The German minister of economics and technology, Philipp Rösler, has told reporters that the EU should create a new institution, a “stability council,” of unelected supervisors that would ensure that member-states stick to budget temperance, limit debt, and keep the growth of debt in check.
Rösler’s proposal echoes elements of the EU’s Euro-Plus Pact, which covers competitiveness and national and fiscal rules. This pact was floated by Angela Merkel and Nicolas Nicolas Sarkozy.
The “stability council” would be given the power to impose sanctions on countries to make sure they cut their deficits and would monitor the use of financial assistance. The plan would also require that a German-style “debt brake” be written into national constitutions. A provision inserted into the German constitution in 2009 forbids politicians to borrow beyond 0.35 per cent of gross domestic product.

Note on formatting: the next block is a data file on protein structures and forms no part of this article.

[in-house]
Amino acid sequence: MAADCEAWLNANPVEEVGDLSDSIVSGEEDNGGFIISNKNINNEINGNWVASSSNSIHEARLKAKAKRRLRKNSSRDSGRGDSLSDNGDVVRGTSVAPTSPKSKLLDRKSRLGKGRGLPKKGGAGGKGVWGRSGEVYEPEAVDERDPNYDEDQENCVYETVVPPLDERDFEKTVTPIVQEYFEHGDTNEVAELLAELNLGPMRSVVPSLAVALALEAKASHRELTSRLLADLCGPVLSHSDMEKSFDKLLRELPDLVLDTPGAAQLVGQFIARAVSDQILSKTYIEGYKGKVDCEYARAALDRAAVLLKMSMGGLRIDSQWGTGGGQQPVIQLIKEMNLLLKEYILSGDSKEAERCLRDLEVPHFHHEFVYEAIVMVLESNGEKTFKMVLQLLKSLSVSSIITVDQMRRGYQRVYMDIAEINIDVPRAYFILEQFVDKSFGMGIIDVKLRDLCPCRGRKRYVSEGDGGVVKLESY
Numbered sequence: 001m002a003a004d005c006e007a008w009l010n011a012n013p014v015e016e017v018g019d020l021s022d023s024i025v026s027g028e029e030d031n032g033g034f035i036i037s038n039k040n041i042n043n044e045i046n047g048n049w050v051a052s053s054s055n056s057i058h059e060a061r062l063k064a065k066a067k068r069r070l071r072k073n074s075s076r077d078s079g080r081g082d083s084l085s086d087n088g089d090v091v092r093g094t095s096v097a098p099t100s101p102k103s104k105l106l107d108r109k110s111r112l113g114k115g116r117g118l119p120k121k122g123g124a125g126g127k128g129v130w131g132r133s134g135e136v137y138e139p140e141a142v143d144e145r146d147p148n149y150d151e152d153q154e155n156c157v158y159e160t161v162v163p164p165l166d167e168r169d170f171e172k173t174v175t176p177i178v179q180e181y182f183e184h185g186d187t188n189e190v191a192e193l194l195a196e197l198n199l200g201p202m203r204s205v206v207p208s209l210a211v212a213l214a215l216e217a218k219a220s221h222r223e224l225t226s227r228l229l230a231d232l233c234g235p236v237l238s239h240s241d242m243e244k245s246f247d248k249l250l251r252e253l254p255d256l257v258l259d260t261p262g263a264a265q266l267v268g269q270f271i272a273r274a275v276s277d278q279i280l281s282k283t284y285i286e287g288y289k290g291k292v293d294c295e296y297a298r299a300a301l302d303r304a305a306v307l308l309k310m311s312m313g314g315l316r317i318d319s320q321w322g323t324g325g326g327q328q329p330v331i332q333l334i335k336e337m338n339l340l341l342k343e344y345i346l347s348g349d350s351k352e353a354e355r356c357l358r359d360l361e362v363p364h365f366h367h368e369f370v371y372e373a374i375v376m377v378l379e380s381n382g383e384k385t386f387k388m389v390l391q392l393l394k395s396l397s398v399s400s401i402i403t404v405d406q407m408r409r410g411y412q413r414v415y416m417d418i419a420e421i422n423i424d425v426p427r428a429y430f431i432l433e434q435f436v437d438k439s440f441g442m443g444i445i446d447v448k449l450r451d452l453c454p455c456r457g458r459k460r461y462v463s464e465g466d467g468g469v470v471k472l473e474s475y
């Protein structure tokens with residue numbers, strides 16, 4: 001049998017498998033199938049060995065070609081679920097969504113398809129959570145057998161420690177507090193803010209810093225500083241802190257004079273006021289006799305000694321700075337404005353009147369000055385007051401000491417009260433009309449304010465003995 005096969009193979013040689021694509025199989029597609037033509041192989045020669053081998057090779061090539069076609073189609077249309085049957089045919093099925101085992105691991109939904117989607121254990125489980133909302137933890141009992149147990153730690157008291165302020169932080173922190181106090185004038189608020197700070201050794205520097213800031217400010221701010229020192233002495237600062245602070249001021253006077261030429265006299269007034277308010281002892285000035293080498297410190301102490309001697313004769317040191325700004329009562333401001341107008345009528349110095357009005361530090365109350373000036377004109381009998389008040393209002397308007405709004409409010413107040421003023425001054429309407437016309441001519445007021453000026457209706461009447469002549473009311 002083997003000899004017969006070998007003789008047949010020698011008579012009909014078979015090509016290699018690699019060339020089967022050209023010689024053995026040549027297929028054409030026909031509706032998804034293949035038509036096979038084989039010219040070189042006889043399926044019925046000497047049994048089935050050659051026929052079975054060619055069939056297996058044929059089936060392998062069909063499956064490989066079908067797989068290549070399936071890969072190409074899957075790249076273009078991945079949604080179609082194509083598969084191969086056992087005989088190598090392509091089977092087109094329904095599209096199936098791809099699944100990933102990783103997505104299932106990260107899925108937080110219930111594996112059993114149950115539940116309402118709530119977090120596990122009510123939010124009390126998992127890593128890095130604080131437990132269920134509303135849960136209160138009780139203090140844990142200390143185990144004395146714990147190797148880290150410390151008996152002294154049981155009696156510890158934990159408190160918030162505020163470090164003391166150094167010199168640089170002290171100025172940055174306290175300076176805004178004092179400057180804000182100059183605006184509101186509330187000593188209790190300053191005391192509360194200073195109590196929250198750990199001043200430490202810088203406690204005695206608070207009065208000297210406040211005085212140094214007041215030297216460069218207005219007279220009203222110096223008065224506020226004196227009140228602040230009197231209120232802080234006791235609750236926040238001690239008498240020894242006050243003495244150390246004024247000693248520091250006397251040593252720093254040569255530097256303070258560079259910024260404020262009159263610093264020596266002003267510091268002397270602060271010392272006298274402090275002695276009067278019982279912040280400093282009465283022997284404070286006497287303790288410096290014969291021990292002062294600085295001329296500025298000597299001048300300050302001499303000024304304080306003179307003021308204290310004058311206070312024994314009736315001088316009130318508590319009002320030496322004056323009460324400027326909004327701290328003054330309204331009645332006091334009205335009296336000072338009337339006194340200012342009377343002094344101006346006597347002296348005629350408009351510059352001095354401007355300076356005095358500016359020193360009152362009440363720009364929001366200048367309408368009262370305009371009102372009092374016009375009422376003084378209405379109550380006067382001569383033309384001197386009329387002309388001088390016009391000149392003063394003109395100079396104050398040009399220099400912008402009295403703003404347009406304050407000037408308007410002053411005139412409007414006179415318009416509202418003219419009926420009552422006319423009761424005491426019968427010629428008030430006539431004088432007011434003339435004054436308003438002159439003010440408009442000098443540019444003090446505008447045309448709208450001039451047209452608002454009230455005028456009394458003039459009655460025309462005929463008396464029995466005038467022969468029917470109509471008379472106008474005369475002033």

The new body would also be empowered to carry out “competitiveness tests” among euro-zone states to see if labour market policies are sufficiently competitive. “If you fail them, there should be consequences,” he said.
The stability council would be independent of voters so as to avoid “political pressure” and could impose sanctions automatically.
Rösler said that Germany would be bringing the proposal to the next meeting of EU finance ministers, where, no doubt, they will face the wrath of the strangely silent Michael Noonan.People’s Movement · 25 Shanowen Crescent · Dublin 9 · www.people.ie · 087 2308330 · post (at) people (dot) ie